HOUSE PASSES DISASTER RELIEF (AND, THE SENATE HAS ALREADY PASSED  THE MEASURE): “The House passed a long-delayed aid bill on Monday that will send $19.1 billion to states and territories hit by flooding, wildfires, tornadoes, hurricanes and other natural disasters in recent months,” our colleague Erica Werner reports. “The legislation passed by a wide bipartisan margin, 354 to 58, and now goes to President Trump. The president has described the bill as “great” and is expected to sign it.”

  • About Trump: The president appeared not to understand he can sign the bill, now. “House just passed 19.1 Billion Dollar Disaster Aid Grant. Great, now we will get it done in the Senate! Farmers, Puerto Rico and all will be very happy,” the president wrote last night in a now-deleted tweet (see screenshot above).
  • It appears someone let him know the Senate passed the measure, 85-8, on May 23.

IN OTHER NEWS: GOP lawmakers are debating whether to try and block Trump's planned new tariffs on Mexico, scooped our colleagues Erica Werner, Seung Min Kim and Damian Paletta

  • How? Such a vote would come in the form of overriding Trump's veto of resolution of disapproval for Trump's emergency state at the border.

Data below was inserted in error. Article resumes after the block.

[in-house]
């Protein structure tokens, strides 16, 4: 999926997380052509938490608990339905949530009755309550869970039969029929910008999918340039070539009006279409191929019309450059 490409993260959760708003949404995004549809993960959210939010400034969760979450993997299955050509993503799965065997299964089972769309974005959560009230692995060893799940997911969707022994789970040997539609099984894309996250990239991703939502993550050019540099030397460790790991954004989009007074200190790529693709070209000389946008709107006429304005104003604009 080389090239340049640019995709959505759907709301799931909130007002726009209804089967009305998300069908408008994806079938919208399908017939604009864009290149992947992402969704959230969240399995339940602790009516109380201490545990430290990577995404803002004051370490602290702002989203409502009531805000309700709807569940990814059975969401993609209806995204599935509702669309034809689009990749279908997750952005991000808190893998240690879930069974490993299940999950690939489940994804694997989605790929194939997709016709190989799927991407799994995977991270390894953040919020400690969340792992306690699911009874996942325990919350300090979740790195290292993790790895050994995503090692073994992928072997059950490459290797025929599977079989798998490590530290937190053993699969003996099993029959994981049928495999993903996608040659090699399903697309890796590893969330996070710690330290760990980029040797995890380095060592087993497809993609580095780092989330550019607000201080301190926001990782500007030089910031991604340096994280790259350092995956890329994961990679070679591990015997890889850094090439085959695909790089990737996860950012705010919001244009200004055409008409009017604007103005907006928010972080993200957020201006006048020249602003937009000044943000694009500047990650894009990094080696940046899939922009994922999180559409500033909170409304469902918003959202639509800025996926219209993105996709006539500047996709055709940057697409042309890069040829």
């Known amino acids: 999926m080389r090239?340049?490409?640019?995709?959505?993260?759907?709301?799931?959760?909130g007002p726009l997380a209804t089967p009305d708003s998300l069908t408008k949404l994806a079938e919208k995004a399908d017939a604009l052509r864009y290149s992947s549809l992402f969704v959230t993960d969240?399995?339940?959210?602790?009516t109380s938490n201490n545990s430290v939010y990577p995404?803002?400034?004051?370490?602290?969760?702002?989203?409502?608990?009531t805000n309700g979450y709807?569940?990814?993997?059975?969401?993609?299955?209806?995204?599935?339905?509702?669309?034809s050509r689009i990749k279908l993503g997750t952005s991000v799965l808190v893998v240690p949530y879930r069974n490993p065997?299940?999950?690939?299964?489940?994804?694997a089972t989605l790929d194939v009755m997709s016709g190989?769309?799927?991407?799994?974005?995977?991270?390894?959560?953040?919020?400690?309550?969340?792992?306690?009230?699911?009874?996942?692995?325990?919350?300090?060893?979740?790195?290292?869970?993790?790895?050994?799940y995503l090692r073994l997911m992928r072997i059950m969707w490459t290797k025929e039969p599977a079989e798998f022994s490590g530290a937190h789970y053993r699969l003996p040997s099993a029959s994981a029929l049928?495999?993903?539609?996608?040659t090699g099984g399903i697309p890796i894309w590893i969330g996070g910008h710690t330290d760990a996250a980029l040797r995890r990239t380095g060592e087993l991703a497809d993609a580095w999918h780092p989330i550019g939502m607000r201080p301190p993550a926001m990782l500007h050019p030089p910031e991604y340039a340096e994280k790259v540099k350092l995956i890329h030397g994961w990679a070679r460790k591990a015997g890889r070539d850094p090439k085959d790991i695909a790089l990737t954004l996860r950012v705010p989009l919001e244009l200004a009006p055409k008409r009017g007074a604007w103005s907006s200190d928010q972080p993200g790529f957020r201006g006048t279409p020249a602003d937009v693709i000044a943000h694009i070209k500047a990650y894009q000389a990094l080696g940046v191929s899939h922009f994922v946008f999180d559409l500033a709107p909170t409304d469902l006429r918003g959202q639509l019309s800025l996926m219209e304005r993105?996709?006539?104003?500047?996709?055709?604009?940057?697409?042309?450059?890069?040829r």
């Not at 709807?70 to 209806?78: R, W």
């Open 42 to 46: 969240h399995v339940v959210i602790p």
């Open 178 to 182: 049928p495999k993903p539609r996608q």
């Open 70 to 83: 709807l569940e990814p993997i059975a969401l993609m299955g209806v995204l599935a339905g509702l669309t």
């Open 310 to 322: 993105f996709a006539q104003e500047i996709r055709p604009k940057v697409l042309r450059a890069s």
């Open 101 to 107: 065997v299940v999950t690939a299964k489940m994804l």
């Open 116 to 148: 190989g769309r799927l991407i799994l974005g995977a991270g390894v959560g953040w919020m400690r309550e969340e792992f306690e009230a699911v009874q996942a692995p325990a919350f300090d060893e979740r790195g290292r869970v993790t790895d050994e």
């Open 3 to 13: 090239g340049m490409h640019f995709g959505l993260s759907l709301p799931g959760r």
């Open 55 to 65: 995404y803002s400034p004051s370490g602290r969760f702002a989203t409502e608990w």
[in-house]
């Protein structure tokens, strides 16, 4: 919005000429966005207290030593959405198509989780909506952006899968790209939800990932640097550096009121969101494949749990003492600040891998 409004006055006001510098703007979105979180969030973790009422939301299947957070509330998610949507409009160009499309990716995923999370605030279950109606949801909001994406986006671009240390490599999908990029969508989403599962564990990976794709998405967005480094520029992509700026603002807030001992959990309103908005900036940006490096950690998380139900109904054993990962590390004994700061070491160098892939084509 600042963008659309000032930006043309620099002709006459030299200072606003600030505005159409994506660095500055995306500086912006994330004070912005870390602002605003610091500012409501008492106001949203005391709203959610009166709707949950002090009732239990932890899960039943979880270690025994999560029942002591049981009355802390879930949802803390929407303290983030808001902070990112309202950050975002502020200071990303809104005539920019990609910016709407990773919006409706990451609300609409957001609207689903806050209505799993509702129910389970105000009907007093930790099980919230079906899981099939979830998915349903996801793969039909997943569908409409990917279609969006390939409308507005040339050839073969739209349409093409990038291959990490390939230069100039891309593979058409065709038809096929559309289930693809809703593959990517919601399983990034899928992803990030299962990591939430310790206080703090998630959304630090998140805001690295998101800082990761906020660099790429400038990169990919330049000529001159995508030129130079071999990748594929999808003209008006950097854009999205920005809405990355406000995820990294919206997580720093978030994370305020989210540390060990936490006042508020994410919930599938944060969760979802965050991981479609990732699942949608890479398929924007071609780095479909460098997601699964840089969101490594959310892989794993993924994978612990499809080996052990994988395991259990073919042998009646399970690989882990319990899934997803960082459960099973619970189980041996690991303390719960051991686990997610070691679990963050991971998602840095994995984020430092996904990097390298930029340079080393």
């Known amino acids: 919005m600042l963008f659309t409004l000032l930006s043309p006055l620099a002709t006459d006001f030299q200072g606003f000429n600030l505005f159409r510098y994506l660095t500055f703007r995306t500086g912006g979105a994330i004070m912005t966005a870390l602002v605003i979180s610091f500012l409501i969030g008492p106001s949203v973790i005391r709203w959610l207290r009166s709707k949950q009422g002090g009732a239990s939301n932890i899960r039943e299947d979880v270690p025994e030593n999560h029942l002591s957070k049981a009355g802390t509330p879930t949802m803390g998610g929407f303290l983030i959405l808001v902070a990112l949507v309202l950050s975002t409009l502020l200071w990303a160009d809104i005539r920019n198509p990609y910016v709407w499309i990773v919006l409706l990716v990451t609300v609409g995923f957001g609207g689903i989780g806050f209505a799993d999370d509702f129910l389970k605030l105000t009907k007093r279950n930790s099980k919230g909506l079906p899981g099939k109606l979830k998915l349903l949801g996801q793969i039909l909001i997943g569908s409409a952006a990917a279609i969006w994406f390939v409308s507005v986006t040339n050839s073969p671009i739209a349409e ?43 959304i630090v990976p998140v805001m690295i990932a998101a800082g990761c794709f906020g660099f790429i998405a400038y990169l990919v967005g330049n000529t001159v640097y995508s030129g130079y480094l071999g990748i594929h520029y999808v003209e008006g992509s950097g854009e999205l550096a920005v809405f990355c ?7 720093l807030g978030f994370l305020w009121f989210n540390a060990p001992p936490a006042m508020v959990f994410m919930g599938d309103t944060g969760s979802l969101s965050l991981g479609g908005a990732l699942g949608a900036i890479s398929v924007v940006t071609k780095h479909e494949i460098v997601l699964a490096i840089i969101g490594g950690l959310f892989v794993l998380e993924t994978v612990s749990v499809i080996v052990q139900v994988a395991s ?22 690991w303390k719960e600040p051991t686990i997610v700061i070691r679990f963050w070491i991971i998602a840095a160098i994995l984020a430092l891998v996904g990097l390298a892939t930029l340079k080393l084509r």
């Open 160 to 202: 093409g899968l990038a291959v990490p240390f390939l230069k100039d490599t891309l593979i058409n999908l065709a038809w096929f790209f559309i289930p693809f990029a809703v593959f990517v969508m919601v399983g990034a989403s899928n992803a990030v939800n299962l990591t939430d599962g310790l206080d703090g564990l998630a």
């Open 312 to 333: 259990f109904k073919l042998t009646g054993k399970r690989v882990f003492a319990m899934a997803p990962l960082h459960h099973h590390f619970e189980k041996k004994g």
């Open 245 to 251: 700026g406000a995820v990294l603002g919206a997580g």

• "The vote, which would be the GOP’s most dramatic act of defiance since Trump took office, could also have the effect of blocking billions of dollars in border wall funding that the president had announced in February ... "
  • Key: "Republican lawmakers aren’t eager to be drawn into a conflict with the president. But some feel they might have to take action following a growing consensus within the GOP that these new tariffs would amount to tax increases on American businesses and consumers — something that would represent a profound breach of party orthodoxy," Erica, Seung Min and Damian report. 

WALL WIN FOR TRUMP: A federal judge in D.C. rejected a House lawsuit to temporarily stop spending on the wall, "saying the House lacked legal standing to sue the president for allegedly overstepping his power by diverting billions intended for other purposes to pay for it," per The Post's Spencer Hsu.

The People

JAY-Z BECOMES THE FIRST HIP-HOP BILLIONAIRE: He is a business, man. Forbes on Monday crowned Jay-Z the first hip-hop billionaire with a conservative net worth of $1 billion and stakes "encompassing liquor, art, real estate (homes in Los Angeles, the Hamptons, Tribeca) and stakes in companies like Uber," Forbes'  Zack O'Malley Greenburg reports

  • How he did it: "... He realized that he should build his own brands rather than promote someone else’s: the clothing line Rocawear, started in 1999 (sold for $204 million to Iconix in 2007); D’Ussé, a cognac he co-owns with Bacardi; and Tidal, a music-streaming service," O'Malley Greenburg writes.
  • Flashback to Warren Buffett in 2010: "Jay is teaching in a lot bigger classroom than I’ll ever teach in. For a young person growing up, he’s the guy to learn from," the Oracle of Omaha told Forbes at the time.

In the Media